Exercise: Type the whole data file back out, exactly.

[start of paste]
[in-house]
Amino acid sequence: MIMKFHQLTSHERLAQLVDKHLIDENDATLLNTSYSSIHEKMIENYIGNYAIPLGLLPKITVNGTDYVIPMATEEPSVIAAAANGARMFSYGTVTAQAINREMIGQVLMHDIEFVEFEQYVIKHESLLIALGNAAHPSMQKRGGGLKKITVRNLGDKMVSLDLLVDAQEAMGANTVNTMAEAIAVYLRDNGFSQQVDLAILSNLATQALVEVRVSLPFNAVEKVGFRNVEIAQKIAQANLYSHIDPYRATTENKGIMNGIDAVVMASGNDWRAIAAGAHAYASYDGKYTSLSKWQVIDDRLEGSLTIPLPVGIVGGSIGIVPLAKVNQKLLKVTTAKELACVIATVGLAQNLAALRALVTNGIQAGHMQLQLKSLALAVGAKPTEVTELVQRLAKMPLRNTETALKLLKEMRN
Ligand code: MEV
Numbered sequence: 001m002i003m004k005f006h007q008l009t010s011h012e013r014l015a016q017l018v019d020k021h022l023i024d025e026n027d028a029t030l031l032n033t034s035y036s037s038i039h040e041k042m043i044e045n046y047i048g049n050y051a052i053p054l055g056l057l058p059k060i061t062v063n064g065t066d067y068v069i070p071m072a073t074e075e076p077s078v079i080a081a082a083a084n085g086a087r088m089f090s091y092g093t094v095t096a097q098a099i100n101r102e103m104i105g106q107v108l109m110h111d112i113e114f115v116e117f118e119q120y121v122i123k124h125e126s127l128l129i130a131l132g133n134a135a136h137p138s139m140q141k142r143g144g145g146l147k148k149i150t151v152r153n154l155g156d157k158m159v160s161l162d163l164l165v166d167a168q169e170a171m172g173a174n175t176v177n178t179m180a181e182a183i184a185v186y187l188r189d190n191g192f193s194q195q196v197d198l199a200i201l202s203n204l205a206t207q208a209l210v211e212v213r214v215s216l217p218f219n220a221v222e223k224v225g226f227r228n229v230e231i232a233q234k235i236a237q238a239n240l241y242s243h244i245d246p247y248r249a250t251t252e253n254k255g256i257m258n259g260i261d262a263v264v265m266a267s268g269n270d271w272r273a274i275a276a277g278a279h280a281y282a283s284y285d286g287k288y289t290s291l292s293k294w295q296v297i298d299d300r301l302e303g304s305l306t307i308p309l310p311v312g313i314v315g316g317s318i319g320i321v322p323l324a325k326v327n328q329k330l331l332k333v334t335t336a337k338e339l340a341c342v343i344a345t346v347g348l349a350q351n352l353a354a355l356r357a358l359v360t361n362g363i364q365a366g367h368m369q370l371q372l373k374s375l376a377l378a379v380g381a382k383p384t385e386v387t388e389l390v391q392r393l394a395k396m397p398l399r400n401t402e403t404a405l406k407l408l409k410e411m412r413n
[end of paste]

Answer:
[in-house]
Amino acid sequence: MIMKFHQLTSHERLAQLVDKHLIDENDATLLNTSYSSIHEKMIENYIGNYAIPLGLLPKITVNGTDYVIPMATEEPSVIAAAANGARMFSYGTVTAQAINREMIGQVLMHDIEFVEFEQYVIKHESLLIALGNAAHPSMQKRGGGLKKITVRNLGDKMVSLDLLVDAQEAMGANTVNTMAEAIAVYLRDNGFSQQVDLAILSNLATQALVEVRVSLPFNAVEKVGFRNVEIAQKIAQANLYSHIDPYRATTENKGIMNGIDAVVMASGNDWRAIAAGAHAYASYDGKYTSLSKWQVIDDRLEGSLTIPLPVGIVGGSIGIVPLAKVNQKLLKVTTAKELACVIATVGLAQNLAALRALVTNGIQAGHMQLQLKSLALAVGAKPTEVTELVQRLAKMPLRNTETALKLLKEMRN
Ligand code: MEV
Numbered sequence: 001m002i003m004k005f006h007q008l009t010s011h012e013r014l015a016q017l018v019d020k021h022l023i024d025e026n027d028a029t030l031l032n033t034s035y036s037s038i039h040e041k042m043i044e045n046y047i048g049n050y051a052i053p054l055g056l057l058p059k060i061t062v063n064g065t066d067y068v069i070p071m072a073t074e075e076p077s078v079i080a081a082a083a084n085g086a087r088m089f090s091y092g093t094v095t096a097q098a099i100n101r102e103m104i105g106q107v108l109m110h111d112i113e114f115v116e117f118e119q120y121v122i123k124h125e126s127l128l129i130a131l132g133n134a135a136h137p138s139m140q141k142r143g144g145g146l147k148k149i150t151v152r153n154l155g156d157k158m159v160s161l162d163l164l165v166d167a168q169e170a171m172g173a174n175t176v177n178t179m180a181e182a183i184a185v186y187l188r189d190n191g192f193s194q195q196v197d198l199a200i201l202s203n204l205a206t207q208a209l210v211e212v213r214v215s216l217p218f219n220a221v222e223k224v225g226f227r228n229v230e231i232a233q234k235i236a237q238a239n240l241y242s243h244i245d246p247y248r249a250t251t252e253n254k255g256i257m258n259g260i261d262a263v264v265m266a267s268g269n270d271w272r273a274i275a276a277g278a279h280a281y282a283s284y285d286g287k288y289t290s291l292s293k294w295q296v297i298d299d300r301l302e303g304s305l306t307i308p309l310p311v312g313i314v315g316g317s318i319g320i321v322p323l324a325k326v327n328q329k330l331l332k333v334t335t336a337k338e339l340a341c342v343i344a345t346v347g348l349a350q351n352l353a354a355l356r357a358l359v360t361n362g363i364q365a366g367h368m369q370l371q372l373k374s375l376a377l378a379v380g381a382k383p384t385e386v387t388e389l390v391q392r393l394a395k396m397p398l399r400n401t402e403t404a405l406k407l408l409k410e411m412r413n